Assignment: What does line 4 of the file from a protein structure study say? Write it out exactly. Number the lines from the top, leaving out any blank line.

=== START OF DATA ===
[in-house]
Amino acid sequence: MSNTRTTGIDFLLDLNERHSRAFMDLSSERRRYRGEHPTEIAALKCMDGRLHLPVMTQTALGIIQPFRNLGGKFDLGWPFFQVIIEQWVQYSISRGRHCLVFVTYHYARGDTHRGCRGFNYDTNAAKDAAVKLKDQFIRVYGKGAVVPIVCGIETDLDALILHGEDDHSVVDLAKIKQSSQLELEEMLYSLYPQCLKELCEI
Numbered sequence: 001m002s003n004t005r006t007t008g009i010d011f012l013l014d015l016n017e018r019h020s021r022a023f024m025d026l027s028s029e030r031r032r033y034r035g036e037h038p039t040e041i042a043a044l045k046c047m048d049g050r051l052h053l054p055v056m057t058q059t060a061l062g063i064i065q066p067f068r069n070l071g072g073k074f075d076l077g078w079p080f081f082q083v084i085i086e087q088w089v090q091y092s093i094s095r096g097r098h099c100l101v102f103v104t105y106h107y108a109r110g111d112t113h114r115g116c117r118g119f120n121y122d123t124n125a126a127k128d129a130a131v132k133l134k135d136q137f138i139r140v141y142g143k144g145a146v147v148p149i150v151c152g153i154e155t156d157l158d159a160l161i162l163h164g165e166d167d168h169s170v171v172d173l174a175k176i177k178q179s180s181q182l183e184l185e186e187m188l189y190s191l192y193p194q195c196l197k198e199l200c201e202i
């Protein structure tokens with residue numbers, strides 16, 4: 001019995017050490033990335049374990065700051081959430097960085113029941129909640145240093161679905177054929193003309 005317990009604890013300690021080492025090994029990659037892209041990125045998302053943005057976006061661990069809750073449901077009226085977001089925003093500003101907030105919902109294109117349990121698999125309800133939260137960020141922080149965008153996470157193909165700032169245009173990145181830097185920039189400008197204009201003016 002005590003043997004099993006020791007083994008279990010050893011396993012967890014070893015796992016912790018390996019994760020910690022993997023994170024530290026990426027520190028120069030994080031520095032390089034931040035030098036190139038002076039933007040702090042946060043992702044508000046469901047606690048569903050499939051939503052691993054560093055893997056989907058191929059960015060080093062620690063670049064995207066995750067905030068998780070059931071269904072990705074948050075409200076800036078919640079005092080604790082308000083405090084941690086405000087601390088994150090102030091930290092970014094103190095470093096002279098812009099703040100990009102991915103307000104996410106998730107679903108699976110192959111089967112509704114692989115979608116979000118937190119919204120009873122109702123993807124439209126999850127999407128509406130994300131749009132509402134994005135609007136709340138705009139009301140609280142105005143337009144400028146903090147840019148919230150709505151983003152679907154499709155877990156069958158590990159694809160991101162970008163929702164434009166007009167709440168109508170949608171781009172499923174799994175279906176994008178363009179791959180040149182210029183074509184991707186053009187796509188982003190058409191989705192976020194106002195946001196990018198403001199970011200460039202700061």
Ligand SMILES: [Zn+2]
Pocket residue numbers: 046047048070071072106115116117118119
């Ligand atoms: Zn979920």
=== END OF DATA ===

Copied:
């Protein structure tokens with residue numbers, strides 16, 4: 001019995017050490033990335049374990065700051081959430097960085113029941129909640145240093161679905177054929193003309 005317990009604890013300690021080492025090994029990659037892209041990125045998302053943005057976006061661990069809750073449901077009226085977001089925003093500003101907030105919902109294109117349990121698999125309800133939260137960020141922080149965008153996470157193909165700032169245009173990145181830097185920039189400008197204009201003016 002005590003043997004099993006020791007083994008279990010050893011396993012967890014070893015796992016912790018390996019994760020910690022993997023994170024530290026990426027520190028120069030994080031520095032390089034931040035030098036190139038002076039933007040702090042946060043992702044508000046469901047606690048569903050499939051939503052691993054560093055893997056989907058191929059960015060080093062620690063670049064995207066995750067905030068998780070059931071269904072990705074948050075409200076800036078919640079005092080604790082308000083405090084941690086405000087601390088994150090102030091930290092970014094103190095470093096002279098812009099703040100990009102991915103307000104996410106998730107679903108699976110192959111089967112509704114692989115979608116979000118937190119919204120009873122109702123993807124439209126999850127999407128509406130994300131749009132509402134994005135609007136709340138705009139009301140609280142105005143337009144400028146903090147840019148919230150709505151983003152679907154499709155877990156069958158590990159694809160991101162970008163929702164434009166007009167709440168109508170949608171781009172499923174799994175279906176994008178363009179791959180040149182210029183074509184991707186053009187796509188982003190058409191989705192976020194106002195946001196990018198403001199970011200460039202700061």